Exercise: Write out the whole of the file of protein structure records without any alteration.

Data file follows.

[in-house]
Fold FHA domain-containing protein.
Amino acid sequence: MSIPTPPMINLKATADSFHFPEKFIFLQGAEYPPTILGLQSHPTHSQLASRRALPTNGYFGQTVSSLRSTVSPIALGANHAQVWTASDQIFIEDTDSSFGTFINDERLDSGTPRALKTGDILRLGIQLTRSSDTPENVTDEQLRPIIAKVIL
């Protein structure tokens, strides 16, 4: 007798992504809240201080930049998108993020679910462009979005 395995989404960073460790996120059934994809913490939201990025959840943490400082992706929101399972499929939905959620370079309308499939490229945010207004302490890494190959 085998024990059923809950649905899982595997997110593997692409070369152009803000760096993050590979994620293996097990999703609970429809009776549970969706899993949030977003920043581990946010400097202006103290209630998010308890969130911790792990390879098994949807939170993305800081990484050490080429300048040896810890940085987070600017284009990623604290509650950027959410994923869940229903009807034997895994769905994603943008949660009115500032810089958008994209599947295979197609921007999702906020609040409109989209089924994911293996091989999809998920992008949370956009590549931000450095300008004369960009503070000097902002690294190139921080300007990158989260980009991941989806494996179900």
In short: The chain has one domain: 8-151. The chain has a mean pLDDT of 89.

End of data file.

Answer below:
[in-house]
Fold FHA domain-containing protein.
Amino acid sequence: MSIPTPPMINLKATADSFHFPEKFIFLQGAEYPPTILGLQSHPTHSQLASRRALPTNGYFGQTVSSLRSTVSPIALGANHAQVWTASDQIFIEDTDSSFGTFINDERLDSGTPRALKTGDILRLGIQLTRSSDTPENVTDEQLRPIIAKVIL
């Protein structure tokens, strides 16, 4: 007798992504809240201080930049998108993020679910462009979005 395995989404960073460790996120059934994809913490939201990025959840943490400082992706929101399972499929939905959620370079309308499939490229945010207004302490890494190959 085998024990059923809950649905899982595997997110593997692409070369152009803000760096993050590979994620293996097990999703609970429809009776549970969706899993949030977003920043581990946010400097202006103290209630998010308890969130911790792990390879098994949807939170993305800081990484050490080429300048040896810890940085987070600017284009990623604290509650950027959410994923869940229903009807034997895994769905994603943008949660009115500032810089958008994209599947295979197609921007999702906020609040409109989209089924994911293996091989999809998920992008949370956009590549931000450095300008004369960009503070000097902002690294190139921080300007990158989260980009991941989806494996179900």
In short: The chain has one domain: 8-151. The chain has a mean pLDDT of 89.